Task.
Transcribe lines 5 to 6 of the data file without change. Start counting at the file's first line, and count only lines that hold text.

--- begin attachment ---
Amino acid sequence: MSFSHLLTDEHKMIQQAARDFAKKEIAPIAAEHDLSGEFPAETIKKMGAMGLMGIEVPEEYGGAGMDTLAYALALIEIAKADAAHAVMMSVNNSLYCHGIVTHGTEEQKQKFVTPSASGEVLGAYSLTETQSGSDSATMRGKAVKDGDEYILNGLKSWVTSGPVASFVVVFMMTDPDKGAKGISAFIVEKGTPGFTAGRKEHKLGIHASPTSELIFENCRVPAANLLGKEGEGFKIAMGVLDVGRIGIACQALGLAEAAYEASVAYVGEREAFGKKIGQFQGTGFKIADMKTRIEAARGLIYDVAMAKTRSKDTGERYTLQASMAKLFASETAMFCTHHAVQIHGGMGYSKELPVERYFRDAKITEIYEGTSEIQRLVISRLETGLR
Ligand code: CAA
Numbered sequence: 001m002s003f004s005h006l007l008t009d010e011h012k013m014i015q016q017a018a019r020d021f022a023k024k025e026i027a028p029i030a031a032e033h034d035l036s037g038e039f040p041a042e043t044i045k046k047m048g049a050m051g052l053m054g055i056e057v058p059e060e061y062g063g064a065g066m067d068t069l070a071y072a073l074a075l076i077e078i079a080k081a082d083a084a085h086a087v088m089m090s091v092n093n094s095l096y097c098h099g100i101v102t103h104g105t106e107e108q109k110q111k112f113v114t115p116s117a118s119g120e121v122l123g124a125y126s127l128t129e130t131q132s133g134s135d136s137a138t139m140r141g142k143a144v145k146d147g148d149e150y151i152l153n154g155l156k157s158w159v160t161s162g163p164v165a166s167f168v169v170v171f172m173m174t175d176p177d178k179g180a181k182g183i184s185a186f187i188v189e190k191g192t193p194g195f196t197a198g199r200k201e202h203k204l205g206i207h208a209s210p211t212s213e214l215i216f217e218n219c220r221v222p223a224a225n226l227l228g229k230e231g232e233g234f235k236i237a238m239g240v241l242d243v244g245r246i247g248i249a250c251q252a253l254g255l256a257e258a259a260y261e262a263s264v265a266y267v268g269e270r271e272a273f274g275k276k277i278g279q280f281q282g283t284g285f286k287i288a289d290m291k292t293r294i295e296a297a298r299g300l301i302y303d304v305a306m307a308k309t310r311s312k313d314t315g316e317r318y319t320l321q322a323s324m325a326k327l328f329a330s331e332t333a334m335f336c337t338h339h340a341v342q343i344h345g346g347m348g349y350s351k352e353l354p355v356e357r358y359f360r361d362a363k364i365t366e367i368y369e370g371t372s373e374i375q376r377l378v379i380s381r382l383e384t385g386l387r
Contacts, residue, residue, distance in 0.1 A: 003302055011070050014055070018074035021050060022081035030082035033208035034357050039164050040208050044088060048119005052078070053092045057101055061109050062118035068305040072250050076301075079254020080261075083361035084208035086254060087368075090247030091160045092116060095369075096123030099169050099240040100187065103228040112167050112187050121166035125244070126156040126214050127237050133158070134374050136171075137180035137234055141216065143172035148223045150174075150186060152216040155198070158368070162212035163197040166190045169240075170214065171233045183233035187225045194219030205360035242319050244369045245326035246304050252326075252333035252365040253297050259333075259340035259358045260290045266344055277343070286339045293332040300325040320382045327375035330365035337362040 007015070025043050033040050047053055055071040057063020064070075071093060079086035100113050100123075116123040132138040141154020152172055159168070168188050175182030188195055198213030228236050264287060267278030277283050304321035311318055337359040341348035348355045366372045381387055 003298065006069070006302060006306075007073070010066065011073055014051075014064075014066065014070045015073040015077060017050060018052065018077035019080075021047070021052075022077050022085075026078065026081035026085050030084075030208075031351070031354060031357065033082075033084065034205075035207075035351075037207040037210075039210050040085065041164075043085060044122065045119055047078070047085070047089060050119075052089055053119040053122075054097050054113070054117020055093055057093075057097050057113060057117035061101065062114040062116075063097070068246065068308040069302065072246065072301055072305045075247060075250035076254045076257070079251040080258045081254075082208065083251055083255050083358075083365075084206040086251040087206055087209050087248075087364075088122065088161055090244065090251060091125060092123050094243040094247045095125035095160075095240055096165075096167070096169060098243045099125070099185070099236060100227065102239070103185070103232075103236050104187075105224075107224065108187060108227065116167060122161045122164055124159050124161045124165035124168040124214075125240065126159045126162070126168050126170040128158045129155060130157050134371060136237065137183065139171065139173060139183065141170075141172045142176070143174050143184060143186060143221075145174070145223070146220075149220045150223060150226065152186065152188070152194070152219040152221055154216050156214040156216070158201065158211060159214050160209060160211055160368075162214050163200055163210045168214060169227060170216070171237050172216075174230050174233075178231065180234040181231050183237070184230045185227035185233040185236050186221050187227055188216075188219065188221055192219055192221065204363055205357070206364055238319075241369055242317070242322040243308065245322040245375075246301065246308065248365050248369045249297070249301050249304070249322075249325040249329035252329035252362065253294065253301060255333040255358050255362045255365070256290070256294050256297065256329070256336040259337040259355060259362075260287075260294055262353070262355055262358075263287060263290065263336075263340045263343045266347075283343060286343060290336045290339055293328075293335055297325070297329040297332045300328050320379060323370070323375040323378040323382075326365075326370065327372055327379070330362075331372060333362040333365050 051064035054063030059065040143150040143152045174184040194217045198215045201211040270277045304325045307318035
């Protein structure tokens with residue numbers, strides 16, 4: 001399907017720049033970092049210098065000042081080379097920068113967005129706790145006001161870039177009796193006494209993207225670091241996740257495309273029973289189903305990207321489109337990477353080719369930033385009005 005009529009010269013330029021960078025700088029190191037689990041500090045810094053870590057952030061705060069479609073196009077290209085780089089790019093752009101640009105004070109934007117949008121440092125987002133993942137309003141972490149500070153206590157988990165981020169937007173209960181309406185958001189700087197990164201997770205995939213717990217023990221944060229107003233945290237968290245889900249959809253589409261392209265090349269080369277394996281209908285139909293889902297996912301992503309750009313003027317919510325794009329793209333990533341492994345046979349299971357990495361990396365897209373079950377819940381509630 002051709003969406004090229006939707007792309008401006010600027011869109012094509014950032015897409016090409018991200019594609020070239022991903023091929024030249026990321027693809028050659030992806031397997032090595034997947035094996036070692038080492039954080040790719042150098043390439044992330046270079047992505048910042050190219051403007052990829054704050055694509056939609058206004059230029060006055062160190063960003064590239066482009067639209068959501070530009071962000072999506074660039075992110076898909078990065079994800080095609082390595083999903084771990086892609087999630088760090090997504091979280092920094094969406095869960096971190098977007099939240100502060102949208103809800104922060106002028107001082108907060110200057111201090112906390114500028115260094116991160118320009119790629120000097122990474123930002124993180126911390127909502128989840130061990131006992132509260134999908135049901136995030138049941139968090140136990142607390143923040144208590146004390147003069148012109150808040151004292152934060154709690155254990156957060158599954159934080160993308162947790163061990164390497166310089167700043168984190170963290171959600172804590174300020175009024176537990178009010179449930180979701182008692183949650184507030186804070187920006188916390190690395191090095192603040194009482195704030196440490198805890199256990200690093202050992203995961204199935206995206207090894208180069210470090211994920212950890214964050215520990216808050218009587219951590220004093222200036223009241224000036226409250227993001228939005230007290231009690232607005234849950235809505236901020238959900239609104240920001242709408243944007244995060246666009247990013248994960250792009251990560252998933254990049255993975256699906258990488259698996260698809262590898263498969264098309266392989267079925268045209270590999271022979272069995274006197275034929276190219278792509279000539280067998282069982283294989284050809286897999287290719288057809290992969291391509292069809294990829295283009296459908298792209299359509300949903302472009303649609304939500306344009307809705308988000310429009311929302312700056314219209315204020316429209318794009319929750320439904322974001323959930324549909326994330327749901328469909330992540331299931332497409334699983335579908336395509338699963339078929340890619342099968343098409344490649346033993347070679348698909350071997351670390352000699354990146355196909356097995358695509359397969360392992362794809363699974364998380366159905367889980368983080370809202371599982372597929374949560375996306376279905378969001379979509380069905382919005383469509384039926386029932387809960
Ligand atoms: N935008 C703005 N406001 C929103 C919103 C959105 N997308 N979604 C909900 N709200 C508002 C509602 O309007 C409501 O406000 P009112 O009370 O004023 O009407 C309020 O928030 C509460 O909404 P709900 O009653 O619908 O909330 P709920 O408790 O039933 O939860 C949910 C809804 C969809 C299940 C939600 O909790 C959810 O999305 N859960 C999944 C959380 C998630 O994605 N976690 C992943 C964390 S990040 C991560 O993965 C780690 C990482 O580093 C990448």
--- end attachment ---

């Protein structure tokens with residue numbers, strides 16, 4: 001399907017720049033970092049210098065000042081080379097920068113967005129706790145006001161870039177009796193006494209993207225670091241996740257495309273029973289189903305990207321489109337990477353080719369930033385009005 005009529009010269013330029021960078025700088029190191037689990041500090045810094053870590057952030061705060069479609073196009077290209085780089089790019093752009101640009105004070109934007117949008121440092125987002133993942137309003141972490149500070153206590157988990165981020169937007173209960181309406185958001189700087197990164201997770205995939213717990217023990221944060229107003233945290237968290245889900249959809253589409261392209265090349269080369277394996281209908285139909293889902297996912301992503309750009313003027317919510325794009329793209333990533341492994345046979349299971357990495361990396365897209373079950377819940381509630 002051709003969406004090229006939707007792309008401006010600027011869109012094509014950032015897409016090409018991200019594609020070239022991903023091929024030249026990321027693809028050659030992806031397997032090595034997947035094996036070692038080492039954080040790719042150098043390439044992330046270079047992505048910042050190219051403007052990829054704050055694509056939609058206004059230029060006055062160190063960003064590239066482009067639209068959501070530009071962000072999506074660039075992110076898909078990065079994800080095609082390595083999903084771990086892609087999630088760090090997504091979280092920094094969406095869960096971190098977007099939240100502060102949208103809800104922060106002028107001082108907060110200057111201090112906390114500028115260094116991160118320009119790629120000097122990474123930002124993180126911390127909502128989840130061990131006992132509260134999908135049901136995030138049941139968090140136990142607390143923040144208590146004390147003069148012109150808040151004292152934060154709690155254990156957060158599954159934080160993308162947790163061990164390497166310089167700043168984190170963290171959600172804590174300020175009024176537990178009010179449930180979701182008692183949650184507030186804070187920006188916390190690395191090095192603040194009482195704030196440490198805890199256990200690093202050992203995961204199935206995206207090894208180069210470090211994920212950890214964050215520990216808050218009587219951590220004093222200036223009241224000036226409250227993001228939005230007290231009690232607005234849950235809505236901020238959900239609104240920001242709408243944007244995060246666009247990013248994960250792009251990560252998933254990049255993975256699906258990488259698996260698809262590898263498969264098309266392989267079925268045209270590999271022979272069995274006197275034929276190219278792509279000539280067998282069982283294989284050809286897999287290719288057809290992969291391509292069809294990829295283009296459908298792209299359509300949903302472009303649609304939500306344009307809705308988000310429009311929302312700056314219209315204020316429209318794009319929750320439904322974001323959930324549909326994330327749901328469909330992540331299931332497409334699983335579908336395509338699963339078929340890619342099968343098409344490649346033993347070679348698909350071997351670390352000699354990146355196909356097995358695509359397969360392992362794809363699974364998380366159905367889980368983080370809202371599982372597929374949560375996306376279905378969001379979509380069905382919005383469509384039926386029932387809960
Ligand atoms: N935008 C703005 N406001 C929103 C919103 C959105 N997308 N979604 C909900 N709200 C508002 C509602 O309007 C409501 O406000 P009112 O009370 O004023 O009407 C309020 O928030 C509460 O909404 P709900 O009653 O619908 O909330 P709920 O408790 O039933 O939860 C949910 C809804 C969809 C299940 C939600 O909790 C959810 O999305 N859960 C999944 C959380 C998630 O994605 N976690 C992943 C964390 S990040 C991560 O993965 C780690 C990482 O580093 C990448």